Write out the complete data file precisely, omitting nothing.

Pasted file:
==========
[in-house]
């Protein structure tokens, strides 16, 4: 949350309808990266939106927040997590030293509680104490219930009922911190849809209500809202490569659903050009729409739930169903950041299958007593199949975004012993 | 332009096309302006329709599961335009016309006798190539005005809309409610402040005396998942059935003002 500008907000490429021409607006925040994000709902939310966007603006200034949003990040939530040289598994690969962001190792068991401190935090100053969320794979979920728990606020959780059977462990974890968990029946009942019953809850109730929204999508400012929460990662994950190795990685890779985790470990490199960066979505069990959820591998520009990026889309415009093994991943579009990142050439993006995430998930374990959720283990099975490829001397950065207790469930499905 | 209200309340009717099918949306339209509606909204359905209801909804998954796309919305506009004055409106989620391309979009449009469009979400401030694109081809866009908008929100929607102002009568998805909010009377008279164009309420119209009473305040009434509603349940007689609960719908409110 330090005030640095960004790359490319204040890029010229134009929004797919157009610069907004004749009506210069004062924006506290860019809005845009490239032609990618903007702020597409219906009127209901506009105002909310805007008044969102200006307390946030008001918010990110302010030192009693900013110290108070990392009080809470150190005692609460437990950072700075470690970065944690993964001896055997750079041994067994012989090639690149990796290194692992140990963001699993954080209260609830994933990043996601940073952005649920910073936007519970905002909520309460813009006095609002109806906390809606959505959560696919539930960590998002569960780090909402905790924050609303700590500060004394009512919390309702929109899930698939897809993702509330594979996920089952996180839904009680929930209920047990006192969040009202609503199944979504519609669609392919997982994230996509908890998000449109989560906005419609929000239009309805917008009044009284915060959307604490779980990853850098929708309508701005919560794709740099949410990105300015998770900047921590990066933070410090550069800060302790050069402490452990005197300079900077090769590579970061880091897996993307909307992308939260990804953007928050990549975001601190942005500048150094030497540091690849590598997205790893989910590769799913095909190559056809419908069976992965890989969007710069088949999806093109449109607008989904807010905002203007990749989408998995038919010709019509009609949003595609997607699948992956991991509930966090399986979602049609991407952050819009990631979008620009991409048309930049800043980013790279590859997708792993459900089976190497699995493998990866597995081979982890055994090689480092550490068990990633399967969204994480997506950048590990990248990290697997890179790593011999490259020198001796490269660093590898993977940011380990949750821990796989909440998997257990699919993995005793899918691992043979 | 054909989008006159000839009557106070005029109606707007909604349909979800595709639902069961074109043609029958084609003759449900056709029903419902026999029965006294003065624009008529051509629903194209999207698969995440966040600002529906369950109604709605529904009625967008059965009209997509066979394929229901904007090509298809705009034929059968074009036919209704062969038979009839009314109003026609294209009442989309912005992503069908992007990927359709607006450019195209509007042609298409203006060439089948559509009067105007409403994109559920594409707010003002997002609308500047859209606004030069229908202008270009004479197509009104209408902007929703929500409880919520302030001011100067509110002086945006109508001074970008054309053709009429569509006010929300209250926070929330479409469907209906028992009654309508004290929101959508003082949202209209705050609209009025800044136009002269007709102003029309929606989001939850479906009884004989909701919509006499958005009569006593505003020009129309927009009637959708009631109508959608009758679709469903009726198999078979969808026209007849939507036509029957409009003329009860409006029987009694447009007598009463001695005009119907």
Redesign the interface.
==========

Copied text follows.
[in-house]
């Protein structure tokens, strides 16, 4: 949350309808990266939106927040997590030293509680104490219930009922911190849809209500809202490569659903050009729409739930169903950041299958007593199949975004012993 | 332009096309302006329709599961335009016309006798190539005005809309409610402040005396998942059935003002 500008907000490429021409607006925040994000709902939310966007603006200034949003990040939530040289598994690969962001190792068991401190935090100053969320794979979920728990606020959780059977462990974890968990029946009942019953809850109730929204999508400012929460990662994950190795990685890779985790470990490199960066979505069990959820591998520009990026889309415009093994991943579009990142050439993006995430998930374990959720283990099975490829001397950065207790469930499905 | 209200309340009717099918949306339209509606909204359905209801909804998954796309919305506009004055409106989620391309979009449009469009979400401030694109081809866009908008929100929607102002009568998805909010009377008279164009309420119209009473305040009434509603349940007689609960719908409110 330090005030640095960004790359490319204040890029010229134009929004797919157009610069907004004749009506210069004062924006506290860019809005845009490239032609990618903007702020597409219906009127209901506009105002909310805007008044969102200006307390946030008001918010990110302010030192009693900013110290108070990392009080809470150190005692609460437990950072700075470690970065944690993964001896055997750079041994067994012989090639690149990796290194692992140990963001699993954080209260609830994933990043996601940073952005649920910073936007519970905002909520309460813009006095609002109806906390809606959505959560696919539930960590998002569960780090909402905790924050609303700590500060004394009512919390309702929109899930698939897809993702509330594979996920089952996180839904009680929930209920047990006192969040009202609503199944979504519609669609392919997982994230996509908890998000449109989560906005419609929000239009309805917008009044009284915060959307604490779980990853850098929708309508701005919560794709740099949410990105300015998770900047921590990066933070410090550069800060302790050069402490452990005197300079900077090769590579970061880091897996993307909307992308939260990804953007928050990549975001601190942005500048150094030497540091690849590598997205790893989910590769799913095909190559056809419908069976992965890989969007710069088949999806093109449109607008989904807010905002203007990749989408998995038919010709019509009609949003595609997607699948992956991991509930966090399986979602049609991407952050819009990631979008620009991409048309930049800043980013790279590859997708792993459900089976190497699995493998990866597995081979982890055994090689480092550490068990990633399967969204994480997506950048590990990248990290697997890179790593011999490259020198001796490269660093590898993977940011380990949750821990796989909440998997257990699919993995005793899918691992043979 | 054909989008006159000839009557106070005029109606707007909604349909979800595709639902069961074109043609029958084609003759449900056709029903419902026999029965006294003065624009008529051509629903194209999207698969995440966040600002529906369950109604709605529904009625967008059965009209997509066979394929229901904007090509298809705009034929059968074009036919209704062969038979009839009314109003026609294209009442989309912005992503069908992007990927359709607006450019195209509007042609298409203006060439089948559509009067105007409403994109559920594409707010003002997002609308500047859209606004030069229908202008270009004479197509009104209408902007929703929500409880919520302030001011100067509110002086945006109508001074970008054309053709009429569509006010929300209250926070929330479409469907209906028992009654309508004290929101959508003082949202209209705050609209009025800044136009002269007709102003029309929606989001939850479906009884004989909701919509006499958005009569006593505003020009129309927009009637959708009631109508959608009758679709469903009726198999078979969808026209007849939507036509029957409009003329009860409006029987009694447009007598009463001695005009119907």
Redesign the interface.